Virtual Book Table!  Buy your books from Saskatoon’s independent bookseller Turning the Tide! They normally table at our Saskatoon conventions. This year they have curated a special selection for us at their online bookstore . Use the promo code NFU2020  at the checkout to get 50% off shipping on orders over $50 or free shipping on orders over $75.

The Coalition For Healthy School Food #NourishKidsNow

TAKE ACTION FOR HEALTHY FOOD WITH A SINGLE CLICK: The COVID-19 crisis has revealed that school food is an essential public good, just like K-12 education and healthcare. Everyone needs access to good food to be healthy, particularly children and youth, and we need strong and resilient food systems to keep us safe.

Building on the Coalition’s advocacy for a National School Food Program and the government’s commitment in Budget 2019, the Coalition for Healthy School Food has sent this letter to the Prime Minister asking the federal government to create a dedicated School Food Fund to support the health and wellbeing of children, families and communities, stimulating the Canadian economy during the COVID-19 recovery.

Tell your local Member of Parliament (MP), Prime Minister Trudeau, Deputy Prime Minister and Finance Minister Freeland, that school food is important, and dedicated funding is needed now.

Standing Strong in the Face of Adversity: How Coalition Members Continue to Adapt in the Face of Covid-19 by Lindsay Goodridge

By: Lindsay Goodridge, MPH (’21) 

Image Credit: Cantine Pour Tous

Covid-19 has presented a formidable challenge for school food programs looking to serve healthy food this fall. Nevertheless, members of the Coalition for Healthy School Food have shown resilience, commitment to their communities, and creativity when adapting their programs for Covid. Many members are continuing to provide healthy home cooked snacks and meals to schools, while others are developing creative ways to get food to children, youth and their families who would have participated in school food programs last year.  

Below are 6 Covid pivot themes shared by members on a recent call.  

1. Continuing to Deliver Lunches and Snacks to Schools 

Cantine Pour Tous allows schools to choose whether to receive meals packed or in bulk and producers must meet new health standards for meal production and delivery. 

Brown Bagging for Calgary Kids (BB4CK) was able to resume their school meal delivery programs for many schools because they deliver their meals as prepackaged single serve items.

2. Continuing to Prepare and Serve Healthy Meals in Schools

Équiterre offers salad bars with local produce in 14 schools through Farm to School: Canada Digs In! Initiative. 

The Screaming Avocado Café at Stratford Northwestern Secondary School met with their public health unit to find solutions to continue their student run café offering meals for $3-4 (or discreetly free) with the adaptations of pre-ordered meals and classroom delivery. 

3. Reallocating Funds to Provide Food Boxes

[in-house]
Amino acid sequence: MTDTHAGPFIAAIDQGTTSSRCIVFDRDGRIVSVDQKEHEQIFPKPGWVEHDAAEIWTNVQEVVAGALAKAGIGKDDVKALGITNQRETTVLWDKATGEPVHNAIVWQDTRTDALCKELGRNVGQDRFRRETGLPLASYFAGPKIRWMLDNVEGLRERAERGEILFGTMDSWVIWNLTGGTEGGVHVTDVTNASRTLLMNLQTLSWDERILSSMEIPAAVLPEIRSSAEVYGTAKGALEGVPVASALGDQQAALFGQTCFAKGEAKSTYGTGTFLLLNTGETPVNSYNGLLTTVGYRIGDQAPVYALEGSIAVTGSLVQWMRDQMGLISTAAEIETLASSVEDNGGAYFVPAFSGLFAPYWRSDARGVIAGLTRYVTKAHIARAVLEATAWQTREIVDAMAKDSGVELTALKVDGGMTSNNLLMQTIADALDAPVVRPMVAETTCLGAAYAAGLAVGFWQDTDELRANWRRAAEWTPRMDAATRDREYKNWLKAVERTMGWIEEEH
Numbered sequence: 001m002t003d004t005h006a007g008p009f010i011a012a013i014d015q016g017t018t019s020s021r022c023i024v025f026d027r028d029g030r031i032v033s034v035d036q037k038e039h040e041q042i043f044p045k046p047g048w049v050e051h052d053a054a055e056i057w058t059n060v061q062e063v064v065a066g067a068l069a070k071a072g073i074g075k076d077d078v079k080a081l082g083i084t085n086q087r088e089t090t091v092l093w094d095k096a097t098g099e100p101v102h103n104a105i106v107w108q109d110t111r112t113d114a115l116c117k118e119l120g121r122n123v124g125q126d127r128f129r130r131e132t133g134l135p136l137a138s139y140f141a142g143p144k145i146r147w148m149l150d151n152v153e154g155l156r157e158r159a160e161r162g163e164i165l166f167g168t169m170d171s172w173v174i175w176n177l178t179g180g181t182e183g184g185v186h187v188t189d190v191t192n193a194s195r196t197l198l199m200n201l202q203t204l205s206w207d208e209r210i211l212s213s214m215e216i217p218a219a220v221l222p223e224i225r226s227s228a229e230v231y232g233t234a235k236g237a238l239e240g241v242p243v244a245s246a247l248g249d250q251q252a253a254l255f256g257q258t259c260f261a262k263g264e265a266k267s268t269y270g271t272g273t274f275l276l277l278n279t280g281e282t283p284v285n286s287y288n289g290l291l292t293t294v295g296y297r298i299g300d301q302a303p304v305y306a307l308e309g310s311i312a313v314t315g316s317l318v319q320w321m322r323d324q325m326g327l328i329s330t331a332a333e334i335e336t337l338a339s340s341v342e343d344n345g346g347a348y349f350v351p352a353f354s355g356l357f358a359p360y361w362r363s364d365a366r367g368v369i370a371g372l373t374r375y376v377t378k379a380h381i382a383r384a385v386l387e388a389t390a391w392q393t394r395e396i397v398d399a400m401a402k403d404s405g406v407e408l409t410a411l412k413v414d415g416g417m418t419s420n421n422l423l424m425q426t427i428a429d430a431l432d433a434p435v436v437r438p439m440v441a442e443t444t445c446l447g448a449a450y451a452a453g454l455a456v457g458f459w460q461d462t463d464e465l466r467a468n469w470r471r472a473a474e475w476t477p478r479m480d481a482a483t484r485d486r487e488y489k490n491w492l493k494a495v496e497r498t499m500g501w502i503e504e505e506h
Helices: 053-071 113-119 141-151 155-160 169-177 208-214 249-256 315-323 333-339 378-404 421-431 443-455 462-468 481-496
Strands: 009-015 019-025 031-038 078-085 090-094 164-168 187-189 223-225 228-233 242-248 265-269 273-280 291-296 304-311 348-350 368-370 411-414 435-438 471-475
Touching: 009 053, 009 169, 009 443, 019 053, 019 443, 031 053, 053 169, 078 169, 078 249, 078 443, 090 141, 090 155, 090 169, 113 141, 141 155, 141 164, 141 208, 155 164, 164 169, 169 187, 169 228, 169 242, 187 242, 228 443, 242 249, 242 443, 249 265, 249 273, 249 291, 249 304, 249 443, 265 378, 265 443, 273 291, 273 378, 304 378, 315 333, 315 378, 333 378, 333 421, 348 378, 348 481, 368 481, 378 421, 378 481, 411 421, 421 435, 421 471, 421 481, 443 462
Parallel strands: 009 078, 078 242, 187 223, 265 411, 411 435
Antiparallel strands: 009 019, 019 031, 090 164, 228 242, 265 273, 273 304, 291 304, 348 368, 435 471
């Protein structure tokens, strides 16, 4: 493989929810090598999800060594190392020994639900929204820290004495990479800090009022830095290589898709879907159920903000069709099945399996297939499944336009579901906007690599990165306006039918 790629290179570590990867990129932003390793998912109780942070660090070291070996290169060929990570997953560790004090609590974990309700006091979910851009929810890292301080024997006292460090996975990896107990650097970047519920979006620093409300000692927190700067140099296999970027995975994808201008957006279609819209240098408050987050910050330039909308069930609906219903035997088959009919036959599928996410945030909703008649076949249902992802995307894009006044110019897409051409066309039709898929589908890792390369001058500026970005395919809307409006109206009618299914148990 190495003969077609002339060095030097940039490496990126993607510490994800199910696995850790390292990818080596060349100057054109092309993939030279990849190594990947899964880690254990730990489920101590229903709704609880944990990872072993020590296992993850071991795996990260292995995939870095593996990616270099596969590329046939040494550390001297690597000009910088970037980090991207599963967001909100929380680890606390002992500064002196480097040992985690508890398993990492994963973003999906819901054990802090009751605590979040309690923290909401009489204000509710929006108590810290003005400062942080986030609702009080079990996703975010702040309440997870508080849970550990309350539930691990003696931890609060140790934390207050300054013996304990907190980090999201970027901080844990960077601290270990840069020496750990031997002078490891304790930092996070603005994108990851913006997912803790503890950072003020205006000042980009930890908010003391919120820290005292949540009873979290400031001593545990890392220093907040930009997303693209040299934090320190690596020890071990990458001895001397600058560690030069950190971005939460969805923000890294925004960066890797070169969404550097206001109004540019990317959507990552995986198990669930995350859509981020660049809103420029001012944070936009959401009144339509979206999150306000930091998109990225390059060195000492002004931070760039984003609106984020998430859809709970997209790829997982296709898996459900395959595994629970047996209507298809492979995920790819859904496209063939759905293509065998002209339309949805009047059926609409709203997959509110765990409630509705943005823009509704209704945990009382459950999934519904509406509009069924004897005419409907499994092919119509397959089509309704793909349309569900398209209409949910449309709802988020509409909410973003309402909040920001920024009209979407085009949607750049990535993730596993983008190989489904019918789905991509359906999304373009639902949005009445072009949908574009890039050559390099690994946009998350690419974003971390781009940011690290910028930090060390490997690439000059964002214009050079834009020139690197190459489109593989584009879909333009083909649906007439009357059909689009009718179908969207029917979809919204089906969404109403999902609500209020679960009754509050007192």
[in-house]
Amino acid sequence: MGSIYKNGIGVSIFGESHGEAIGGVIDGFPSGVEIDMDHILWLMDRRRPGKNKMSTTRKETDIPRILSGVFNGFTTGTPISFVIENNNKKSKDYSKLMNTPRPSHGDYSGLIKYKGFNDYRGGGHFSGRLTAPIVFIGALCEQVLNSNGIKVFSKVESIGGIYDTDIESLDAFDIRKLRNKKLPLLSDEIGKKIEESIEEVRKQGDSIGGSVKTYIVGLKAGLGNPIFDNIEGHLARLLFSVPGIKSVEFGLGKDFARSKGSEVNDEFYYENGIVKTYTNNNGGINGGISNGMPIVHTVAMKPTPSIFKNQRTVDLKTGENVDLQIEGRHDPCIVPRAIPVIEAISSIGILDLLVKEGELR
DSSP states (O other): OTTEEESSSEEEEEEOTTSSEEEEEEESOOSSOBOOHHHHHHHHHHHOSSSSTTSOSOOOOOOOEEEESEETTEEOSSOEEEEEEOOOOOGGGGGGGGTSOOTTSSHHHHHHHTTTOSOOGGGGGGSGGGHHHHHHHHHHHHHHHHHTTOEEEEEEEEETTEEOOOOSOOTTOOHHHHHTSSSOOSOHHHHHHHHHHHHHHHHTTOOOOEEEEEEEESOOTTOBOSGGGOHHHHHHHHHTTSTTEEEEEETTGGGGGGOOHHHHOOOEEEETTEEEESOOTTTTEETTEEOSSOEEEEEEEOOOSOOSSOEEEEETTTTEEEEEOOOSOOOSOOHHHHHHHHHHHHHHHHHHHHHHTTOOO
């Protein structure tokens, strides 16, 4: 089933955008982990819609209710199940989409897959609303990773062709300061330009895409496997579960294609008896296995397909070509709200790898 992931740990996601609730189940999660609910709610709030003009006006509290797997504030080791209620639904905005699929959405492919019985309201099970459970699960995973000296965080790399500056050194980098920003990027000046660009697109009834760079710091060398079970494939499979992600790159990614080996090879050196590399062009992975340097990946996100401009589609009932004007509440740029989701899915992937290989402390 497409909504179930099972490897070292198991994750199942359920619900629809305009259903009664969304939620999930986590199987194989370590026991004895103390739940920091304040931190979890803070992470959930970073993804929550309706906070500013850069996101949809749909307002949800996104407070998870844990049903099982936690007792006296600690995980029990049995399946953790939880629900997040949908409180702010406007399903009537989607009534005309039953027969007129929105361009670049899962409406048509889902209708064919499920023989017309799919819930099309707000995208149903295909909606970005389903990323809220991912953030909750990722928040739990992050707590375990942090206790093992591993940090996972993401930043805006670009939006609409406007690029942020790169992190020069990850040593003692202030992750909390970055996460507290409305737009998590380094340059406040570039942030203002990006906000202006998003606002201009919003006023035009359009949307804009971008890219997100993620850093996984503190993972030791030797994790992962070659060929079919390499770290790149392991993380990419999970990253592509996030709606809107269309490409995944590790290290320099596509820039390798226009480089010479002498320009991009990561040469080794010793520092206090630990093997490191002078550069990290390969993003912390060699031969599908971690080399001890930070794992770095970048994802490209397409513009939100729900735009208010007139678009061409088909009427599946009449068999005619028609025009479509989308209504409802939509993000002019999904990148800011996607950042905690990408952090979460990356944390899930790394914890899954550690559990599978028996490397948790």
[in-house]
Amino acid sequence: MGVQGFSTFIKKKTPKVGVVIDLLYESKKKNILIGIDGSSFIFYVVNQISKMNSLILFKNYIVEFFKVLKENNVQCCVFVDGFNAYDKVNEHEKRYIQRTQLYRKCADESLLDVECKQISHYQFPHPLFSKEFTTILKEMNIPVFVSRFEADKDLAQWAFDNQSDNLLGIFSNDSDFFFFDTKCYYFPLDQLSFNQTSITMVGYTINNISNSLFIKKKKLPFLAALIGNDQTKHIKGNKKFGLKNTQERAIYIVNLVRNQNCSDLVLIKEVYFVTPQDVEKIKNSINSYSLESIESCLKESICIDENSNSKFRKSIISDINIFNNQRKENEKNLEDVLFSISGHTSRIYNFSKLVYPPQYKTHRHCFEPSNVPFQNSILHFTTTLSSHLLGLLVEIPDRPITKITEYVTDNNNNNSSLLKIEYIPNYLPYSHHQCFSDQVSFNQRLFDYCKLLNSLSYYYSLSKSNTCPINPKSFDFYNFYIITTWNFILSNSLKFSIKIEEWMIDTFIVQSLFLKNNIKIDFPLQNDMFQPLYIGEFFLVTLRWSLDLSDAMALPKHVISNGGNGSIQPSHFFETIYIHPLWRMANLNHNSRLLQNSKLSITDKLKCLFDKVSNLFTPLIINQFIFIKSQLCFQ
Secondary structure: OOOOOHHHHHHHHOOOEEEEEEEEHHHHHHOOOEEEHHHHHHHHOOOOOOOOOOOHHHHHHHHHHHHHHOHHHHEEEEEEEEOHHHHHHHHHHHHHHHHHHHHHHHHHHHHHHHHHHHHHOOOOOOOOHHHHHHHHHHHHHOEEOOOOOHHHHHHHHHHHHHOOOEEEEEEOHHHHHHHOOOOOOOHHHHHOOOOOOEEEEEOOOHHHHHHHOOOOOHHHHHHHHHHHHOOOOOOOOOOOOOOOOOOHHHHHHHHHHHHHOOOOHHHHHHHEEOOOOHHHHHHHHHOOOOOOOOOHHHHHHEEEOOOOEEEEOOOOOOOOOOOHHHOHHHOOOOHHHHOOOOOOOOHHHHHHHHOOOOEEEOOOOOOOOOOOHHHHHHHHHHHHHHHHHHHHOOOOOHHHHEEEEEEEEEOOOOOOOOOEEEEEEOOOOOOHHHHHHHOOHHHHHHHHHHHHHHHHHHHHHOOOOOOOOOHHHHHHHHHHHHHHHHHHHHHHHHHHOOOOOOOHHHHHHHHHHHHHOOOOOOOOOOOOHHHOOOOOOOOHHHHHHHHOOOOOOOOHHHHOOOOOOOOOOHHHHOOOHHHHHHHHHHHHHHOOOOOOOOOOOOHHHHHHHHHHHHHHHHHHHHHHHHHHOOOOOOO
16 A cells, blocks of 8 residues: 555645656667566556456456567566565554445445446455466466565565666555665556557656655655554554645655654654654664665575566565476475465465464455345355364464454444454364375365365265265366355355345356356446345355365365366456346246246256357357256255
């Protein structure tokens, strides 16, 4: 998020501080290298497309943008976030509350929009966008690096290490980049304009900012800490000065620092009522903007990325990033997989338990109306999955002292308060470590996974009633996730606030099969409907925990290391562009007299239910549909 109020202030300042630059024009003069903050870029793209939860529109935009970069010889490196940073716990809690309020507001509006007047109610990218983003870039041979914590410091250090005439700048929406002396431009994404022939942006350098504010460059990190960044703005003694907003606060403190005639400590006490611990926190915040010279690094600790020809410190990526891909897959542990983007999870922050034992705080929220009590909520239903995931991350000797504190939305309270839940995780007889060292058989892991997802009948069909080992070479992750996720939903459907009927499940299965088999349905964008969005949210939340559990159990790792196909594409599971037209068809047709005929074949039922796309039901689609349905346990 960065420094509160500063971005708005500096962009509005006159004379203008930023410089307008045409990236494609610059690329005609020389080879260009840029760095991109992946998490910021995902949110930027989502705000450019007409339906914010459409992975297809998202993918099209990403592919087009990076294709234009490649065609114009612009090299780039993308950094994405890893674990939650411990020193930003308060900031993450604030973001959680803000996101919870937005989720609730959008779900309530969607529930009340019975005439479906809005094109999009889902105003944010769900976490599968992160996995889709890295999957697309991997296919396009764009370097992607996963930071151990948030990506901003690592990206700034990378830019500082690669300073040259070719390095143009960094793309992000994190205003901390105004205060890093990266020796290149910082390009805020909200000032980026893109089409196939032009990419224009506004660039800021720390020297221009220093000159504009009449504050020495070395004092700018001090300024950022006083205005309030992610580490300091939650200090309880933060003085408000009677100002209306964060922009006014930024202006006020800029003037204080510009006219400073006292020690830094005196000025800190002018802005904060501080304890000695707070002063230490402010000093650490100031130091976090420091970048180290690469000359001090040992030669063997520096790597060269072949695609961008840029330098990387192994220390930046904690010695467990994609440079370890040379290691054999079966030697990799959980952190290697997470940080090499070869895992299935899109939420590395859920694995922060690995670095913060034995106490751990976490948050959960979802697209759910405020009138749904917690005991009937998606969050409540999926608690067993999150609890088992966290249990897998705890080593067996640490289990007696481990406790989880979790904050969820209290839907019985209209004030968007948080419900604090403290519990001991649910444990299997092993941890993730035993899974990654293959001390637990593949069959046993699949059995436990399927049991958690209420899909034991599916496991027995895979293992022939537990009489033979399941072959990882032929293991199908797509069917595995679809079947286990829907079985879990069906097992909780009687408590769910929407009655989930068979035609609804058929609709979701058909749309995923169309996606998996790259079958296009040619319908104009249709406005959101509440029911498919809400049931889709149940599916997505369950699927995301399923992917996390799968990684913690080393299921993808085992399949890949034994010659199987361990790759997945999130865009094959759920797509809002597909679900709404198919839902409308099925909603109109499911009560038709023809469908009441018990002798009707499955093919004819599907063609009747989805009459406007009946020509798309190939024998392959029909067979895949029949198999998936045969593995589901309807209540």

Perth-Andover Middle School used part of their funding to support community food banks to prepare food boxes that included hunted meat, fish, and produce. 

Natoaganeg School partnered with their food center to distribute food boxes and garden packages from their school garden which included ingredients to make specific recipes.   

Sudbury-Manitoulin Better Beginnings Better Futures (SMBBBF) distributed good food boxes to their communities using their student nutrition van and mobile market trailer. 

BB4CK had an abundance of fresh food in their kitchens when schools shut down, so they prepared and sent it home with students who were collecting their belongings at schools. 

4. Providing Vouchers & Gift Cards

SMBBBF sent vouchers to families to redeem for fruit and vegetables from their mobile market as well as $50 cash cards per student several times throughout the summer.  

BB4CK mailed $30 grocery cards per student every 2 weeks to families who applied when schools shut down. They continue to provide grocery cards through teachers at schools who can’t yet participate in their lunch program. 

5. Conducting Workshops

Boîte à Lunch continues to offer in-person and online workshops with reduced numbers of participants. 

Ateliers Cinq Épices continued to provide cooking workshops during summer camps in Quebec and Alberta. 

6. Creating Resources  

Ateliers Cinq Épices developed a Covid-norms guide to help other programs adapt to the safety guidelines.

Boîte à Lunch created a webinar about the potential of online culinary workshops for children. 

BB4CK re-launched their Food Finder YYC website and texting service which provides a list of where lunches are available in Calgary.

Équiterre launched a practical tool to facilitate the procurement of local food in institutions. 

Despite challenges, some programs identified Covid pivots that they would like to continue:  Summerlunch+ created a virtual learning program and BB4CK wants to continue the direct engagement with families that they’ve been able to cultivate.  

The resilience, determination, and commitment to student meals that these programs have shown in the face of Covid-19 demonstrate that not only can a National School Food Program be safe to implement, but that with the proper funding and support, schools are up to the challenge.